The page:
Validate the arguments to all JVM command-line flags so as to avoid crashes, and ensure that appropriate error messages are displayed when they are invalid.
We will not validate arguments to flags that are not processed by the JVM.
We will not attempt to adjust arguments to fall within allowed ranges; we will only detect incorrect arguments, not correct them.
Any JVM flag that takes a value and is provided an out-of-range value is
shown to not cause a JVM crash but rather issue an informative error
message. This will be done for JVM flags whether they are set
ergonomically (e.g., in include files), set on the command line, set via
tool input, or set via APIs (e.g.,
Any interface, whether it be programmatic or user-visible, must provide
adequate capability to validate input values. In the case of command
lines, it is critical to implement range checks for arguments which
require a user-specified value. The
globals.hpp source file contains
the origin of the flag value and rudimentary range checking. Expanding
and completing this can provide correct coverage.
In addition, we should define a framework to make it very easy for someone adding a new JVM command-line flag to take advantage of this validity checking. The framework should be flexible, allowing for checks of a single value, being between a minimum and maximum value, or being within a set of values, etc.
We will implement this feature by expanding existing macro tables (e.g.,
RUNTIME_FLAGS) to add optional
range(min, max) and
constraint(function_pointer) entries. Current range-checking and other
ad-hoc validation code will be ported over and then removed.
The range and constraints checks are done every time a flag changes, as
well as late in the JVM initialization routine (i.e., in
stubRoutines_init2()) at the time when all flags have their final
values set. We will continue to check the manageable flags as long as
the JVM runs.
For those flags that depend on others that might not be set at the time
of setting the flag in question, we will provide a mechanism in form of
an API (
CommandLineFlags::finishedInitializing()) to let constraint
functions know when all flags have their final values set and change
their behavior from NOP to error as needed.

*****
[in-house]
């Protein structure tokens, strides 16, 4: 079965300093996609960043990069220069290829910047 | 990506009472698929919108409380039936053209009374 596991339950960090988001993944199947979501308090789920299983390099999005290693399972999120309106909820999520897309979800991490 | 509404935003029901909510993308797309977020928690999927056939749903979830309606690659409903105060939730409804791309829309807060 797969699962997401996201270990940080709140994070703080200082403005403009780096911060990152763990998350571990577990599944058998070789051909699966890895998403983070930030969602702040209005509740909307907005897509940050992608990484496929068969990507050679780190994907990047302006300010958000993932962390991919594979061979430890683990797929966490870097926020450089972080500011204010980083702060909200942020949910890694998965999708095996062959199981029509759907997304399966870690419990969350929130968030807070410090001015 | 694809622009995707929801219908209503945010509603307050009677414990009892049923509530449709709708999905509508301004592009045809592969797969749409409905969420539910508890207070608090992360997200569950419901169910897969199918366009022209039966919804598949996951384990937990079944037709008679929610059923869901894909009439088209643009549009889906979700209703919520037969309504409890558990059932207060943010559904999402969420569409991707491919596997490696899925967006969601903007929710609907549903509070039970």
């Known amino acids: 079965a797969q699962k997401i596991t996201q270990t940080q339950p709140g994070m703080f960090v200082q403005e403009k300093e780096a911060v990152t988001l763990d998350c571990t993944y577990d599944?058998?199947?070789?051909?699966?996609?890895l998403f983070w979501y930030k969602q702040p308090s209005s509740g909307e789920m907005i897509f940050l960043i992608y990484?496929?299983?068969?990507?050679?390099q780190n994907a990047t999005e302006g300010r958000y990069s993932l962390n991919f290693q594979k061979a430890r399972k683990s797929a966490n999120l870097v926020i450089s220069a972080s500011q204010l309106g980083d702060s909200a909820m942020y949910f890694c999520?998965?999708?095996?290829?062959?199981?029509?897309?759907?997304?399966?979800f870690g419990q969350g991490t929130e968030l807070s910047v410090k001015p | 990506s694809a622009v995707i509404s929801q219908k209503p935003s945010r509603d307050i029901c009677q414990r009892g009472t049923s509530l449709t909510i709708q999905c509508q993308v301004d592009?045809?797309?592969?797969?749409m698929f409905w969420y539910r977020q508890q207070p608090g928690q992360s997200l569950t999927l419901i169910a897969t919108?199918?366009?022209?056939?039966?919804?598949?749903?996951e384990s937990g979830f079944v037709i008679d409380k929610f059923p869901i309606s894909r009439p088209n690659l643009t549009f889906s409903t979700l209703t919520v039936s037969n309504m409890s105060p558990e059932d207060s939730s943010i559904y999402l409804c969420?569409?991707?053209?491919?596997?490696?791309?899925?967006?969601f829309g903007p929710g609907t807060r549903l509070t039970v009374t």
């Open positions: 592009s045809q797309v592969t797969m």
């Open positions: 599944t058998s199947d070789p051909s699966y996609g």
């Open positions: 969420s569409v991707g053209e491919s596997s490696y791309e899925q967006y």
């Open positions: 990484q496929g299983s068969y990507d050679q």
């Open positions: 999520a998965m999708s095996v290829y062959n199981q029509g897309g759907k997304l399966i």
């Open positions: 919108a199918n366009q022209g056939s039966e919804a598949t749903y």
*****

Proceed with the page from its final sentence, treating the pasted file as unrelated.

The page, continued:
Intercepting flag value changes is done at a low level in
CommandLineFlags::xxxxAtPut setters to guarantee that manageable flags
are checked for their ranges and constraints (e.g., flags set via
jcmd). For example, using
jcmd PID VM.set_flag MinHeapFreeRatio 101,
which is outside the allowed range, will print out
PID: MinHeapFreeRatio error: must have value in range [0...100]
The range checks do not impose any behavioral changes upon the JVM initialization process. In particular they do not terminate the JVM, but instead they propagate their status up to the code that uses them. The constraint functions can terminate the JVM to match existing custom behavior as needed.
The range/constraint checks are non-verbose by default, to inhibit their
messages from being printed out. Range checks do print error messages on
the error stream during JVM initialization, in order to match current
behavior. Printing to the error stream for manageable flags is
inhibited; any error status will, rather, be handled by the
WriteableFlags code to provide verbose status into the provided
FormatBuffer so that it can be then printed by
jcmd process itself
instead of by the target process.
In the event of range-check failure during JVM initialization, an error message is printed by default in the following form:
uintx UnguardOnExecutionViolation = 3 is outside the allowed range [ 0 ... 2 ]
We are not, however, committing to any particular format at this time. Existing tests that expect a certain message format will have to be modified to allow the new format.
The existing behavior is not changed with respect to clamping flags to fit within a specified range (i.e., we do not clamp), even though we have that capability. We conform to the existing behavior during error detection while initializing the JVM (i.e., we terminate the process).
Variadic macros offered a slightly different, and possibly a cleaner, way to define ranges and constraints, but a "trailing comma with empty args" issue in the Solaris C++ compiler prevented the adoption of this approach.